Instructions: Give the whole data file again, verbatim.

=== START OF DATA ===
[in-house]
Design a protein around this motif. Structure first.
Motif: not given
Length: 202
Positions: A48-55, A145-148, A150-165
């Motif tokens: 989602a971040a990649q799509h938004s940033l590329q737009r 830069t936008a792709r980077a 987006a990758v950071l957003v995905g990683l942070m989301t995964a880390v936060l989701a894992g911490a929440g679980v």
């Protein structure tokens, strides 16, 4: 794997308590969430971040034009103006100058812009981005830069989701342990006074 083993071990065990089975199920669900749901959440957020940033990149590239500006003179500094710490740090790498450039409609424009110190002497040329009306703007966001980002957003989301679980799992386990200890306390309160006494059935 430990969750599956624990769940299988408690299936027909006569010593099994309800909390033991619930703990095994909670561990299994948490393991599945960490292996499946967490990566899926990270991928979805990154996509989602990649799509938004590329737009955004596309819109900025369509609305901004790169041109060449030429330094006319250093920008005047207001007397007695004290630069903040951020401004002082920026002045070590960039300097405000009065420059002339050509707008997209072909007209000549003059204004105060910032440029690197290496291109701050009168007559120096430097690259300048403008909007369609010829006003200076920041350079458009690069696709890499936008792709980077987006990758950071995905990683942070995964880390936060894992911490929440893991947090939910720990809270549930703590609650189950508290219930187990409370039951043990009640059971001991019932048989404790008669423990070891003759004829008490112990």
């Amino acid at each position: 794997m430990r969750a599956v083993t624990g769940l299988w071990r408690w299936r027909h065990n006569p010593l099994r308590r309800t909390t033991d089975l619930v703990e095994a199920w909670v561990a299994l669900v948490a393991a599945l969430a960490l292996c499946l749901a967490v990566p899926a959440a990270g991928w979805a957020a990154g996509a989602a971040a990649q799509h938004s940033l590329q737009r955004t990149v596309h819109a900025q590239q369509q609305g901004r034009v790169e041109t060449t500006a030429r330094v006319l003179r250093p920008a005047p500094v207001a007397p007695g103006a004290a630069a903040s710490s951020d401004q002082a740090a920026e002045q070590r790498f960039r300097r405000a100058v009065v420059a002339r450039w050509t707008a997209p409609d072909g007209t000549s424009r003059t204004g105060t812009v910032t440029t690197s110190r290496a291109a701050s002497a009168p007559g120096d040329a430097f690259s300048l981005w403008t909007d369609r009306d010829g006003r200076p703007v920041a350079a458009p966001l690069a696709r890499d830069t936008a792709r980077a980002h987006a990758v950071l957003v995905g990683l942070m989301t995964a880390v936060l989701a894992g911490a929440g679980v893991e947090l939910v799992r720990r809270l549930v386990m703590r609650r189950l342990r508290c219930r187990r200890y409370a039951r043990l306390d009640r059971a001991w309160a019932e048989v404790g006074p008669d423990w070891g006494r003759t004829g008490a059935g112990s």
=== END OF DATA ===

[in-house]
Design a protein around this motif. Structure first.
Motif: not given
Length: 202
Positions: A48-55, A145-148, A150-165
């Motif tokens: 989602a971040a990649q799509h938004s940033l590329q737009r 830069t936008a792709r980077a 987006a990758v950071l957003v995905g990683l942070m989301t995964a880390v936060l989701a894992g911490a929440g679980v």
């Protein structure tokens, strides 16, 4: 794997308590969430971040034009103006100058812009981005830069989701342990006074 083993071990065990089975199920669900749901959440957020940033990149590239500006003179500094710490740090790498450039409609424009110190002497040329009306703007966001980002957003989301679980799992386990200890306390309160006494059935 430990969750599956624990769940299988408690299936027909006569010593099994309800909390033991619930703990095994909670561990299994948490393991599945960490292996499946967490990566899926990270991928979805990154996509989602990649799509938004590329737009955004596309819109900025369509609305901004790169041109060449030429330094006319250093920008005047207001007397007695004290630069903040951020401004002082920026002045070590960039300097405000009065420059002339050509707008997209072909007209000549003059204004105060910032440029690197290496291109701050009168007559120096430097690259300048403008909007369609010829006003200076920041350079458009690069696709890499936008792709980077987006990758950071995905990683942070995964880390936060894992911490929440893991947090939910720990809270549930703590609650189950508290219930187990409370039951043990009640059971001991019932048989404790008669423990070891003759004829008490112990």
């Amino acid at each position: 794997m430990r969750a599956v083993t624990g769940l299988w071990r408690w299936r027909h065990n006569p010593l099994r308590r309800t909390t033991d089975l619930v703990e095994a199920w909670v561990a299994l669900v948490a393991a599945l969430a960490l292996c499946l749901a967490v990566p899926a959440a990270g991928w979805a957020a990154g996509a989602a971040a990649q799509h938004s940033l590329q737009r955004t990149v596309h819109a900025q590239q369509q609305g901004r034009v790169e041109t060449t500006a030429r330094v006319l003179r250093p920008a005047p500094v207001a007397p007695g103006a004290a630069a903040s710490s951020d401004q002082a740090a920026e002045q070590r790498f960039r300097r405000a100058v009065v420059a002339r450039w050509t707008a997209p409609d072909g007209t000549s424009r003059t204004g105060t812009v910032t440029t690197s110190r290496a291109a701050s002497a009168p007559g120096d040329a430097f690259s300048l981005w403008t909007d369609r009306d010829g006003r200076p703007v920041a350079a458009p966001l690069a696709r890499d830069t936008a792709r980077a980002h987006a990758v950071l957003v995905g990683l942070m989301t995964a880390v936060l989701a894992g911490a929440g679980v893991e947090l939910v799992r720990r809270l549930v386990m703590r609650r189950l342990r508290c219930r187990r200890y409370a039951r043990l306390d009640r059971a001991w309160a019932e048989v404790g006074p008669d423990w070891g006494r003759t004829g008490a059935g112990s």